Two men with two differing styles but with the same trainer fought teeth and nail up the unforgiving Zoncolan - and while Ivan Basso emerged victorious on Sunday, his rival Cadel Evans pulled off a gutsy second place to limit his losses.
Watching Basso and Evans play cat and mouse up the 10km climb (with an average gradient of almost 12 per cent including some horrific 20 per cent segments) was in a way like witnessing a battle between a 'have' and a 'have not'.
Basso was at his imperious best en route to winning his first stage on the Giro since his overall win in 2006 - but the way in which his Liquigas team ripped the field apart on the Passa Duron, the Sella Valcalda and the nursery slopes of the Zoncolan was really quite something.
If you boast a full team of sturdy, dependable lieutenants working together just as the former US Postal team did so defiantly in the past, then you're definitely in with a shout.
On top of that, Basso the individual has grit, a true climber's gait, technique in abundance and self-belief. He was, in short, the ultimate rider out there in north Italy. (And to think that only yesterday, Saddles rated team-mate Vincenzo Nibali's GC credentials higher than those of Basso - what was he thinking?)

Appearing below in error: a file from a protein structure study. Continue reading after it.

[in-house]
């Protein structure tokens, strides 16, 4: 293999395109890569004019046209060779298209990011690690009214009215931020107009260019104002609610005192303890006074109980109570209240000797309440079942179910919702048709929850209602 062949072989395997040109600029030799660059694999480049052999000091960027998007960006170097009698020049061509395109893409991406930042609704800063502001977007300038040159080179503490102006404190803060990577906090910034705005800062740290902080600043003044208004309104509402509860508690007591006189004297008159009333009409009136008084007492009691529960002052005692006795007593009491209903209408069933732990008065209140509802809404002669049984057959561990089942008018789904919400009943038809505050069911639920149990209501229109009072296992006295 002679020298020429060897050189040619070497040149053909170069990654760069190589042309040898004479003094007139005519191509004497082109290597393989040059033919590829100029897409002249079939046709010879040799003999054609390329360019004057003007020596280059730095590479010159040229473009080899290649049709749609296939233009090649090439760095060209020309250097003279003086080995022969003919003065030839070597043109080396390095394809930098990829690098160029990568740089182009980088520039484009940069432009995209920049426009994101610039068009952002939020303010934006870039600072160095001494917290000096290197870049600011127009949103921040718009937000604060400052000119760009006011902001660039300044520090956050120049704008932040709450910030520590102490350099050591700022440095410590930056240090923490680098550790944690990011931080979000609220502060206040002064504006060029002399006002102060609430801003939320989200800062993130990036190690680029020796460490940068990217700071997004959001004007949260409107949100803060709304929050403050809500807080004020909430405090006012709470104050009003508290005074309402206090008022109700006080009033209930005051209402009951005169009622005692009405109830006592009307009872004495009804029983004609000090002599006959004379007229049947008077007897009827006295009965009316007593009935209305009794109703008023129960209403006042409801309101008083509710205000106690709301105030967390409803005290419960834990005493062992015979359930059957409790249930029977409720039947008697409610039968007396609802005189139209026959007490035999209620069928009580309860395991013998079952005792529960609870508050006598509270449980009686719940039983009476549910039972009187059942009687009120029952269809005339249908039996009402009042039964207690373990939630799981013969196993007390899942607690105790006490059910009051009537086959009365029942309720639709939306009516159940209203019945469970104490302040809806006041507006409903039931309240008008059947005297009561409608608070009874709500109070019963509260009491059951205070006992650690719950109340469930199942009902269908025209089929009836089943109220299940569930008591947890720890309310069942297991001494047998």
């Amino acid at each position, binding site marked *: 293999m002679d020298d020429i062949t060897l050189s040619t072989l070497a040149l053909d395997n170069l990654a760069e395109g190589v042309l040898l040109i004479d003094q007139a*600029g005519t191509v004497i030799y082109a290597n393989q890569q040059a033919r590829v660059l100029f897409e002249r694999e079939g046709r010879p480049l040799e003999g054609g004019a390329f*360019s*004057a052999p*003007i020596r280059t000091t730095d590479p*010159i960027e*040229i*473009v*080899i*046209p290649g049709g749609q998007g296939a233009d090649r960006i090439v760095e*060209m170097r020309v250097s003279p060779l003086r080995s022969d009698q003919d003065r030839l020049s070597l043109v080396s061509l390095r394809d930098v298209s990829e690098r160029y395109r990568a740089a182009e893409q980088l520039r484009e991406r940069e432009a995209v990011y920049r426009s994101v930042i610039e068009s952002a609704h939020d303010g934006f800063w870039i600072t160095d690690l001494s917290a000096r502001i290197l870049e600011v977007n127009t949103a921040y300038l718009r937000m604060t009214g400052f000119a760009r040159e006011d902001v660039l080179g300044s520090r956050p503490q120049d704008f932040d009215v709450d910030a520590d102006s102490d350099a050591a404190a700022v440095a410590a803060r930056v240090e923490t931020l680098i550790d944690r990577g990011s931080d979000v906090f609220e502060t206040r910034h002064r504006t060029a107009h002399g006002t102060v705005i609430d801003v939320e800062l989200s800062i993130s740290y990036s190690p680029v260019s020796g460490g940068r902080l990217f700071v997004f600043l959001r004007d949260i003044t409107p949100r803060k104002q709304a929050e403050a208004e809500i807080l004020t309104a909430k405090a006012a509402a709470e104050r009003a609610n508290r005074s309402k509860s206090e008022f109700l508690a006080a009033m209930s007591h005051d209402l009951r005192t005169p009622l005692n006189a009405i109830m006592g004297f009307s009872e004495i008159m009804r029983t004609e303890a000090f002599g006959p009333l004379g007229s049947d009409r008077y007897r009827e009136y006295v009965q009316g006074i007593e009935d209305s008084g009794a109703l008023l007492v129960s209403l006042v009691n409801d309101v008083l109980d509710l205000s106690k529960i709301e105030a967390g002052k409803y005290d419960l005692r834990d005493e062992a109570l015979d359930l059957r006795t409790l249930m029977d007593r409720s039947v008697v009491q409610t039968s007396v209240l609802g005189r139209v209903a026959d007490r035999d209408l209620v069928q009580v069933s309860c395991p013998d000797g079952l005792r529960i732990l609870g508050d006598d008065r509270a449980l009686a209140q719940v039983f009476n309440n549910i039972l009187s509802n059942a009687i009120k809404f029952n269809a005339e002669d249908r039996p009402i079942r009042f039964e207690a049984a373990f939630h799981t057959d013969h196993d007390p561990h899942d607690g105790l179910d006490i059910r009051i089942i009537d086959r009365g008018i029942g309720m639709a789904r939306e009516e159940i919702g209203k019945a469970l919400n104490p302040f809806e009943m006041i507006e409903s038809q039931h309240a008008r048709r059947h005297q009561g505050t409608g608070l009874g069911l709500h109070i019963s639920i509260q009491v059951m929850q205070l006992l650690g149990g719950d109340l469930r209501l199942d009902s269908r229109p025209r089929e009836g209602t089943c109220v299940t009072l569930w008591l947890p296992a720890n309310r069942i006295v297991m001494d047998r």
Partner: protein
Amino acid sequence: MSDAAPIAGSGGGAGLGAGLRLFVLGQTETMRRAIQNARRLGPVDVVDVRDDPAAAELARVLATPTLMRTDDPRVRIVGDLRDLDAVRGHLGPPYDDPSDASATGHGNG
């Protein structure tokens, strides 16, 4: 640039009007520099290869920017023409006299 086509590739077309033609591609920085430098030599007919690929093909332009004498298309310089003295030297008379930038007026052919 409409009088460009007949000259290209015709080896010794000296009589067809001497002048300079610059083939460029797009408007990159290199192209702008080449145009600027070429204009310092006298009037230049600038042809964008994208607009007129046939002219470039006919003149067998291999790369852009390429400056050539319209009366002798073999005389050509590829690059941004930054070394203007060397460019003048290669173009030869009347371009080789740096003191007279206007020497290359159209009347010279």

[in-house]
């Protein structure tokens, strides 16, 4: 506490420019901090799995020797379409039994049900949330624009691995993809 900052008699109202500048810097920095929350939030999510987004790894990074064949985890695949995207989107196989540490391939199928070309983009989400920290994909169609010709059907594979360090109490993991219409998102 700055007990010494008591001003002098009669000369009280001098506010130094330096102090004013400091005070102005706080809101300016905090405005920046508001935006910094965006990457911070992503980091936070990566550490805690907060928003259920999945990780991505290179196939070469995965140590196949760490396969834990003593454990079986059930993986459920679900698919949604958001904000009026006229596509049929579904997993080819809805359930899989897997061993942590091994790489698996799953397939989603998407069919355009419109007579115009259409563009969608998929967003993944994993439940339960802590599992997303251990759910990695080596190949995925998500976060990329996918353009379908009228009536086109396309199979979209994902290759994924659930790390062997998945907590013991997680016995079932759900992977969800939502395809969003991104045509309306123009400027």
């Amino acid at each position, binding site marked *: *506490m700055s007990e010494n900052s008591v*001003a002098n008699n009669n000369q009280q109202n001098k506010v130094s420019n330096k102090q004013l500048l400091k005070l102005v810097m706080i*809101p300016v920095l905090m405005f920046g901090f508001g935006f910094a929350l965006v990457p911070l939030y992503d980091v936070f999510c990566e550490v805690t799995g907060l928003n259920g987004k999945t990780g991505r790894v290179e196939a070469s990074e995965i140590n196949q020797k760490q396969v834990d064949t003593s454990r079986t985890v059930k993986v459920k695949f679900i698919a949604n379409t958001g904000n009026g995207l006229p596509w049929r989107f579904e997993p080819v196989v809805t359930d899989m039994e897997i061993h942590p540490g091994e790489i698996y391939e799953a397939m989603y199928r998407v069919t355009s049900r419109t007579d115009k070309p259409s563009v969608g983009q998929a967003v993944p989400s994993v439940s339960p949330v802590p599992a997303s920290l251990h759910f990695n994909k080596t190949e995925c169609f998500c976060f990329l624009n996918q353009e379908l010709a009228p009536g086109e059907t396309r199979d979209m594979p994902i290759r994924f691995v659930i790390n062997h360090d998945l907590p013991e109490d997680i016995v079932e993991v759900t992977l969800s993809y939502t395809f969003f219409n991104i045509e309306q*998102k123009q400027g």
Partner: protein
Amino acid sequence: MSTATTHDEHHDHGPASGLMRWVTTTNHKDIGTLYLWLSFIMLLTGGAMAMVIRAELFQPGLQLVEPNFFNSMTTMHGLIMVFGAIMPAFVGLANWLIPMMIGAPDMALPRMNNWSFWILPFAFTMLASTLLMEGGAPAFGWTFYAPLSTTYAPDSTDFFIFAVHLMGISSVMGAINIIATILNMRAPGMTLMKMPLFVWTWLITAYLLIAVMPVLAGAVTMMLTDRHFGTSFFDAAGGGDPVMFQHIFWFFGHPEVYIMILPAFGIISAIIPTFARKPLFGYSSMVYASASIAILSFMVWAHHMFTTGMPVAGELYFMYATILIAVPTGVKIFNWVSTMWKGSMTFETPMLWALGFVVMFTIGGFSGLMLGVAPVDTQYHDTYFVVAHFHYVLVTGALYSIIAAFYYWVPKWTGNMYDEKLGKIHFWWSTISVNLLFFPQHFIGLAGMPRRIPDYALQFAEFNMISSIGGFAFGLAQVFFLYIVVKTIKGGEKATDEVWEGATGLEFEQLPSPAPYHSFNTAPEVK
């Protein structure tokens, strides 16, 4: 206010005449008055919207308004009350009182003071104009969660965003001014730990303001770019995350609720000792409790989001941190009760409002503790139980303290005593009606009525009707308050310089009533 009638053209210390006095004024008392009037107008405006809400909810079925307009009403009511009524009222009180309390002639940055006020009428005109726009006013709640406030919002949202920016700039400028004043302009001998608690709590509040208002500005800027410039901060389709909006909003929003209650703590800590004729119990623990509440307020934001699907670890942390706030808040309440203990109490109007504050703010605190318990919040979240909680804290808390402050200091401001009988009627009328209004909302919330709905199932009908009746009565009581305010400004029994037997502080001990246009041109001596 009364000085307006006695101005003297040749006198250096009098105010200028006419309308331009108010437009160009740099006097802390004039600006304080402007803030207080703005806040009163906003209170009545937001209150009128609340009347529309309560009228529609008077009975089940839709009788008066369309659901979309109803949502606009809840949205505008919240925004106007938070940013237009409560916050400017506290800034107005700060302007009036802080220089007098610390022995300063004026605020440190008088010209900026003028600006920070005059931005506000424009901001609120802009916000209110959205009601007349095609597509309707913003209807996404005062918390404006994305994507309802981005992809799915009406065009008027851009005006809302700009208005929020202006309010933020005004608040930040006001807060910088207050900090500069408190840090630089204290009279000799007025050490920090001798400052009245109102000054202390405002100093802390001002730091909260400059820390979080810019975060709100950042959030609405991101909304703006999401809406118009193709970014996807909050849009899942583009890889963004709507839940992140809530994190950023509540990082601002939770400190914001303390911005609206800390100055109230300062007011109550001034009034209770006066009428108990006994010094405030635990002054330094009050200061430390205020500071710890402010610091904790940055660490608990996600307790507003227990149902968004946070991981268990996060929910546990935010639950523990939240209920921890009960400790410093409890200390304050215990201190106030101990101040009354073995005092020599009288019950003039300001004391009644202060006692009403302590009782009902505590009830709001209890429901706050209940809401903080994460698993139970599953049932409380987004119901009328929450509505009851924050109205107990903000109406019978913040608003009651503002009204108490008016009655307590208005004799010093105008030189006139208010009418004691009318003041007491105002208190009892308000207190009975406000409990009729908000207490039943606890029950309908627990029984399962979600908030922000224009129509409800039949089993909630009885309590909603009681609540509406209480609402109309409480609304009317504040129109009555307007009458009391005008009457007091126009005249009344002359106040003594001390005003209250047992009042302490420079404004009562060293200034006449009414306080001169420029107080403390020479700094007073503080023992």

Evans, on the other hand, is a comparative loner when on a bike. He may be world champion - but even that title was achieved alone and while almost defying his Australian team-mates.
Years at Lotto gave the Australian ample experience of riding without any support, but the sorry demise of his BMC team in this Giro should have wrecked Cuddles's chances of performing to the best of his ability.
As it is, Evans is in with a real shot of winning the race. What's more, there are two individual time trials left to race - a discipline Evans excels at and one, tellingly, for which a strong team bears no importance.
It has to be said, Evans is certainly the most exciting reigning world champion the peloton has seen in recent memory. He is doing the rainbow jersey proud. In fact, it should be the rainbow stripes feeling the honour of Evans' ownership - and not the other way round.
Both Basso and Evans are coached by Aldo Sassi, the legendary Italian trainer currently undergoing treatment for a brain tumour. Sassi has remarked that if either of the two win the Giro, it would be a victory for clean cycling.
If this is what clean cycling is about, then Saddles wants more. This Giro is getting better and better and Sunday's stage was a perfect advertisement for the sport.
The only concern, from a British perspective, is the rum form of Bradley Wiggins. Finishing 104th and over 25 minutes down is hardly what you expect from someone aspiring for a podium finish at the Tour in July. Could 2009 have been a one-off?
QUOTE OF THE DAY: "He's here, really? Tell him I said hi. How's he doing?" Dave Zabriskie on being told of Floyd Landis' presence at the Tour of California ITT.
Follow Blazin' Saddles throughout the Giro and the ongoing Landisgrace on www.twitter.com/saddleblaze.